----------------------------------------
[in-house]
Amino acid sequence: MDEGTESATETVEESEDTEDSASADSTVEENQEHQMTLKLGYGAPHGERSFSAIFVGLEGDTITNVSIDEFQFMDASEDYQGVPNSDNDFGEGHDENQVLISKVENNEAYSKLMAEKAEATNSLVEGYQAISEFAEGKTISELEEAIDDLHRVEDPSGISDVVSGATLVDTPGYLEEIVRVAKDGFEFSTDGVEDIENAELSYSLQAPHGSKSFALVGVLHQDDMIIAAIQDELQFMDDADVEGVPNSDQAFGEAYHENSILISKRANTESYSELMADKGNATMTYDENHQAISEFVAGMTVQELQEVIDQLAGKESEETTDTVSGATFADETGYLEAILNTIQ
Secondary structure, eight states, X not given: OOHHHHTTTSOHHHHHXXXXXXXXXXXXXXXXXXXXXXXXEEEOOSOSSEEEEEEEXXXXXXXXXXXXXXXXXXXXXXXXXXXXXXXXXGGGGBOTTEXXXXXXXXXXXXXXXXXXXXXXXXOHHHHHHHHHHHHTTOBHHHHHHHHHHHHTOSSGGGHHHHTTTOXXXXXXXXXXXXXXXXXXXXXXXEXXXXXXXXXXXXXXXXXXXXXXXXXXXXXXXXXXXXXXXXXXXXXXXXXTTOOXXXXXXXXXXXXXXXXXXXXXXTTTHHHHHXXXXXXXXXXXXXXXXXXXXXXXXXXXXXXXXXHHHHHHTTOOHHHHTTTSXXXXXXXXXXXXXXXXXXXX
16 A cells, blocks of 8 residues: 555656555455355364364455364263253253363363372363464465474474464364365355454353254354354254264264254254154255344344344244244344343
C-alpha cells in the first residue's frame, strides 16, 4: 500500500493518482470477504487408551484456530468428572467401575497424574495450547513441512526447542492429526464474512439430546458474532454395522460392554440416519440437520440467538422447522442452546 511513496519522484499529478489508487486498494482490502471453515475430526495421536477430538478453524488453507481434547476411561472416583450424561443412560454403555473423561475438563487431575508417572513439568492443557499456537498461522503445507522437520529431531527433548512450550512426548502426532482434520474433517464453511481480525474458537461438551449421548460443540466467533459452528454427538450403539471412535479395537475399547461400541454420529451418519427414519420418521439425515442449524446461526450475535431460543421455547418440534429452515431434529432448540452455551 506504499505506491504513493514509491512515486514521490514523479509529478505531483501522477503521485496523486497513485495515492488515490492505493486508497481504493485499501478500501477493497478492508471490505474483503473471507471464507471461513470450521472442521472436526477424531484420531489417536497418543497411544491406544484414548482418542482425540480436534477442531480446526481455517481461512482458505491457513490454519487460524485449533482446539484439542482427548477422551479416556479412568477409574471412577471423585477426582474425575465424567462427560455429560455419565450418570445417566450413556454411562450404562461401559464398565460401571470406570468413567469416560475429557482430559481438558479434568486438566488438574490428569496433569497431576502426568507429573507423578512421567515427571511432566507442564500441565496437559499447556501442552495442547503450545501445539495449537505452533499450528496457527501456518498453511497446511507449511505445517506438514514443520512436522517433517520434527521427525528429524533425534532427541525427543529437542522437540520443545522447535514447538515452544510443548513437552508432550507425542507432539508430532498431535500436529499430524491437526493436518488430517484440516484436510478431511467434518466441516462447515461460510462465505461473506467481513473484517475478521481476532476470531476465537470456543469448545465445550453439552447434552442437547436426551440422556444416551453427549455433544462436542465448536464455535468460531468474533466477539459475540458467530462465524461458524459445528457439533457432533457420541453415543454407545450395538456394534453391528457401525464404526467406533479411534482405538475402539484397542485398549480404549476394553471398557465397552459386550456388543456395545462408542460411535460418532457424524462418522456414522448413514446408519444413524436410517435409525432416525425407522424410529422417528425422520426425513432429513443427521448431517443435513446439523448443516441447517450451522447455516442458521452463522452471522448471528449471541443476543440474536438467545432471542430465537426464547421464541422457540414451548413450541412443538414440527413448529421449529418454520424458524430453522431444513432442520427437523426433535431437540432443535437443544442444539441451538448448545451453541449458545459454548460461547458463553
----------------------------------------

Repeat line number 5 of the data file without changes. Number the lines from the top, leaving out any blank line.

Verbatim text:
C-alpha cells in the first residue's frame, strides 16, 4: 500500500493518482470477504487408551484456530468428572467401575497424574495450547513441512526447542492429526464474512439430546458474532454395522460392554440416519440437520440467538422447522442452546 511513496519522484499529478489508487486498494482490502471453515475430526495421536477430538478453524488453507481434547476411561472416583450424561443412560454403555473423561475438563487431575508417572513439568492443557499456537498461522503445507522437520529431531527433548512450550512426548502426532482434520474433517464453511481480525474458537461438551449421548460443540466467533459452528454427538450403539471412535479395537475399547461400541454420529451418519427414519420418521439425515442449524446461526450475535431460543421455547418440534429452515431434529432448540452455551 506504499505506491504513493514509491512515486514521490514523479509529478505531483501522477503521485496523486497513485495515492488515490492505493486508497481504493485499501478500501477493497478492508471490505474483503473471507471464507471461513470450521472442521472436526477424531484420531489417536497418543497411544491406544484414548482418542482425540480436534477442531480446526481455517481461512482458505491457513490454519487460524485449533482446539484439542482427548477422551479416556479412568477409574471412577471423585477426582474425575465424567462427560455429560455419565450418570445417566450413556454411562450404562461401559464398565460401571470406570468413567469416560475429557482430559481438558479434568486438566488438574490428569496433569497431576502426568507429573507423578512421567515427571511432566507442564500441565496437559499447556501442552495442547503450545501445539495449537505452533499450528496457527501456518498453511497446511507449511505445517506438514514443520512436522517433517520434527521427525528429524533425534532427541525427543529437542522437540520443545522447535514447538515452544510443548513437552508432550507425542507432539508430532498431535500436529499430524491437526493436518488430517484440516484436510478431511467434518466441516462447515461460510462465505461473506467481513473484517475478521481476532476470531476465537470456543469448545465445550453439552447434552442437547436426551440422556444416551453427549455433544462436542465448536464455535468460531468474533466477539459475540458467530462465524461458524459445528457439533457432533457420541453415543454407545450395538456394534453391528457401525464404526467406533479411534482405538475402539484397542485398549480404549476394553471398557465397552459386550456388543456395545462408542460411535460418532457424524462418522456414522448413514446408519444413524436410517435409525432416525425407522424410529422417528425422520426425513432429513443427521448431517443435513446439523448443516441447517450451522447455516442458521452463522452471522448471528449471541443476543440474536438467545432471542430465537426464547421464541422457540414451548413450541412443538414440527413448529421449529418454520424458524430453522431444513432442520427437523426433535431437540432443535437443544442444539441451538448448545451453541449458545459454548460461547458463553